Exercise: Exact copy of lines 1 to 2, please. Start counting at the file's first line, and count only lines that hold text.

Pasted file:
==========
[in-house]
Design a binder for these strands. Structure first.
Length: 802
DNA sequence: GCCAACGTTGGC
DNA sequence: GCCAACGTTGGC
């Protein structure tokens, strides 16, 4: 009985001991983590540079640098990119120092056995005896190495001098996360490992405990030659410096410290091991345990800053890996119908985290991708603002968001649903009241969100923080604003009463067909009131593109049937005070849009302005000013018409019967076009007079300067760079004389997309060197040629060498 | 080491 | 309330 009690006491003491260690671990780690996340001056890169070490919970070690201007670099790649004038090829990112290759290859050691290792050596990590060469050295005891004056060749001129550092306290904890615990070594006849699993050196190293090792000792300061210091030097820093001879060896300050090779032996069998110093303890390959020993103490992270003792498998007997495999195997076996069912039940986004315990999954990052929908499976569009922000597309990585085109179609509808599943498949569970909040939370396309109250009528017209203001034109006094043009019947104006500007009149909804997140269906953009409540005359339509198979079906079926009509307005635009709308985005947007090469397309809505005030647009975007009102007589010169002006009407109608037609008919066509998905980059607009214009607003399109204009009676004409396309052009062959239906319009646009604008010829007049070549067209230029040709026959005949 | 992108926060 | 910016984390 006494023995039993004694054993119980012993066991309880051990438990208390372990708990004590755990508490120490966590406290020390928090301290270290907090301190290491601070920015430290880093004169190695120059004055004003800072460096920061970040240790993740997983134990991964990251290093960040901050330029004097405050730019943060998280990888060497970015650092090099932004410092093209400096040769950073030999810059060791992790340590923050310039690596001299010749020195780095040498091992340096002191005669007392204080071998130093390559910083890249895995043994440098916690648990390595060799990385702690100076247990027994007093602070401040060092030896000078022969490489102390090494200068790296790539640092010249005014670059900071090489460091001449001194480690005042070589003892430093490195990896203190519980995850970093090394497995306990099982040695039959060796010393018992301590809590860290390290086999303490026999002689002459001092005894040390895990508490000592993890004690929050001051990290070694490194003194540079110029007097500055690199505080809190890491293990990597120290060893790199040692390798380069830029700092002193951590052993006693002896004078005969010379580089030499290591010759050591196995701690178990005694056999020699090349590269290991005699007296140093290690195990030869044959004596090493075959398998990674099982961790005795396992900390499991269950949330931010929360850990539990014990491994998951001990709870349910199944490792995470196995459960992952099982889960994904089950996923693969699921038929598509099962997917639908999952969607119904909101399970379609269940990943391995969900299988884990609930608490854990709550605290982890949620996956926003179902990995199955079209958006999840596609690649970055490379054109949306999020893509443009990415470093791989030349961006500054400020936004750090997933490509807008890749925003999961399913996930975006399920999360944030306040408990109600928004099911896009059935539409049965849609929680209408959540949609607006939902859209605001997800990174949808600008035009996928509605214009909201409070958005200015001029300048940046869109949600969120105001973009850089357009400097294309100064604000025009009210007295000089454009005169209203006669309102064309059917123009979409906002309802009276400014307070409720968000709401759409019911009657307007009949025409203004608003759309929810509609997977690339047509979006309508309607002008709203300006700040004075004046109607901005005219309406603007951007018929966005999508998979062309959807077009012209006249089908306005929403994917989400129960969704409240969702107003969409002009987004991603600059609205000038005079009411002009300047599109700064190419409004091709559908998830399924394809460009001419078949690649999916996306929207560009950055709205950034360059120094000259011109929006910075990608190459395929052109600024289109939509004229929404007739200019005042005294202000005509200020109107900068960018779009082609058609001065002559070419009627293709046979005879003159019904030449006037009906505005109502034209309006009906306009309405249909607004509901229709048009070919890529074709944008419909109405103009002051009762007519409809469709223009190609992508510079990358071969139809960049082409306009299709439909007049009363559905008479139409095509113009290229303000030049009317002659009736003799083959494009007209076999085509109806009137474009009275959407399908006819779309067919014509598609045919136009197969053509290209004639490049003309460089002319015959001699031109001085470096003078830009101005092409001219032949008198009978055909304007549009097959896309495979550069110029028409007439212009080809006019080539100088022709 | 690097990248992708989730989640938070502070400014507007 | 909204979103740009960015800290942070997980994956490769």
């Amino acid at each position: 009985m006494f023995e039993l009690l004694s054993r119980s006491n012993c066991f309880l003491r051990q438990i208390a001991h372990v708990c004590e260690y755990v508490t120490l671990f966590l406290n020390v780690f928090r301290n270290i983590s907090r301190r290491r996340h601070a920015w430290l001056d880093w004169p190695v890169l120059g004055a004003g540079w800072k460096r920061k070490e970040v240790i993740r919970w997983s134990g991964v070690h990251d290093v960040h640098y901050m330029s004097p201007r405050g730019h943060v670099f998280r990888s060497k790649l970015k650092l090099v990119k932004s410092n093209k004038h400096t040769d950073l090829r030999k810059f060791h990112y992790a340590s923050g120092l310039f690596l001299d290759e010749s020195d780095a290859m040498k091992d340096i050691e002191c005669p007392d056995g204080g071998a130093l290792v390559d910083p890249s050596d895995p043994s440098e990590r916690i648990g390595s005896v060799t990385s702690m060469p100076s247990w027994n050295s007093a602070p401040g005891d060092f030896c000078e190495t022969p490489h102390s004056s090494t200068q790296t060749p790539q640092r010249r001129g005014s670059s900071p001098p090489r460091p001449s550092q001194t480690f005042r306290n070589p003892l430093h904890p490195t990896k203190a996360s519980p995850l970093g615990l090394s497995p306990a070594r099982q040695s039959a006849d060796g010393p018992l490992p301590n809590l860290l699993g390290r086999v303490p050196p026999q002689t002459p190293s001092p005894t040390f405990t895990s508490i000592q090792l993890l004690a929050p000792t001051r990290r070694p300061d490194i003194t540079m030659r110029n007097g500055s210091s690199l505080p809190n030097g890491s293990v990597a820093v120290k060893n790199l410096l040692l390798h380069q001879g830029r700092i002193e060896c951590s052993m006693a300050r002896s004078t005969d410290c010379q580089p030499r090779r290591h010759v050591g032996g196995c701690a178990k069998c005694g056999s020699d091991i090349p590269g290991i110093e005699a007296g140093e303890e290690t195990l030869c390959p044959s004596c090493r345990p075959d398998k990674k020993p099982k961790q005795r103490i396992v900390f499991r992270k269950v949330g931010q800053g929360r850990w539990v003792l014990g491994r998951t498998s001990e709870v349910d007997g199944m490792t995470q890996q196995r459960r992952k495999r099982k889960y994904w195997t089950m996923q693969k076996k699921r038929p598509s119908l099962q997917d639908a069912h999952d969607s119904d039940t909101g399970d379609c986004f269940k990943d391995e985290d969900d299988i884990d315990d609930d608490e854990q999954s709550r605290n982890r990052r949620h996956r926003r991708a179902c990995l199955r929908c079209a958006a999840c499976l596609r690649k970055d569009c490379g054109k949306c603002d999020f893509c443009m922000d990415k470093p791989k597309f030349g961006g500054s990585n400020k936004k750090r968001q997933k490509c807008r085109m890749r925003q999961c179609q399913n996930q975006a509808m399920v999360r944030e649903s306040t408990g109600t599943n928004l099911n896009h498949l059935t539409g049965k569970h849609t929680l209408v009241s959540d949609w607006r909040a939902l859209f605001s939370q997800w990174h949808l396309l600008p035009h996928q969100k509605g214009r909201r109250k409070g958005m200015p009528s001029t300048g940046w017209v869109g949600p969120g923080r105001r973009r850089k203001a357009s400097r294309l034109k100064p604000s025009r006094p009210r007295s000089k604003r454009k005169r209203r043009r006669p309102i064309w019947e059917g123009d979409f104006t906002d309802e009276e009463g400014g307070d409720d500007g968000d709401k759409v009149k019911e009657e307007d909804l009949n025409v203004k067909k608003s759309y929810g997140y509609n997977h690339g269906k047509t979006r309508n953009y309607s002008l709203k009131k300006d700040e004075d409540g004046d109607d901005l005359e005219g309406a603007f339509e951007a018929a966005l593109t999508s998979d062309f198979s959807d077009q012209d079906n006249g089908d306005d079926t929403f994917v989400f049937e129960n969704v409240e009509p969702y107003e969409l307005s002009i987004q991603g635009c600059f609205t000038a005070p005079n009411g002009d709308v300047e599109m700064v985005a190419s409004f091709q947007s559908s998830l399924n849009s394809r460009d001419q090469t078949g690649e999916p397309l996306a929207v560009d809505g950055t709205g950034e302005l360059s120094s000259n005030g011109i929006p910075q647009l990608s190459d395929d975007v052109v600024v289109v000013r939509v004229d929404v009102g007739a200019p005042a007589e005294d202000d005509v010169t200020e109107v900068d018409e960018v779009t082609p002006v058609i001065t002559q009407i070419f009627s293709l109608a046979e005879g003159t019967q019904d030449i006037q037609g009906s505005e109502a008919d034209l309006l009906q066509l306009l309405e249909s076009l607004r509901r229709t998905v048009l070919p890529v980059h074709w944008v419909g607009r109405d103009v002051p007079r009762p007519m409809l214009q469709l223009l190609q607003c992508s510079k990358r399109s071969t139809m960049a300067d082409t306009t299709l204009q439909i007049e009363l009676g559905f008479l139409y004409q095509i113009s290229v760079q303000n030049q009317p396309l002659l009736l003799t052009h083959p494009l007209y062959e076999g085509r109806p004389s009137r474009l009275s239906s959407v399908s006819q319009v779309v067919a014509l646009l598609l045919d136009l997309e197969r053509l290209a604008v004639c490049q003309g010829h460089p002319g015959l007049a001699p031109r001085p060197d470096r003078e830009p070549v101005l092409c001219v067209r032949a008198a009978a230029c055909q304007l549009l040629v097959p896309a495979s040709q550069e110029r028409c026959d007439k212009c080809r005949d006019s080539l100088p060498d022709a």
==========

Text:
[in-house]
Design a binder for these strands. Structure first.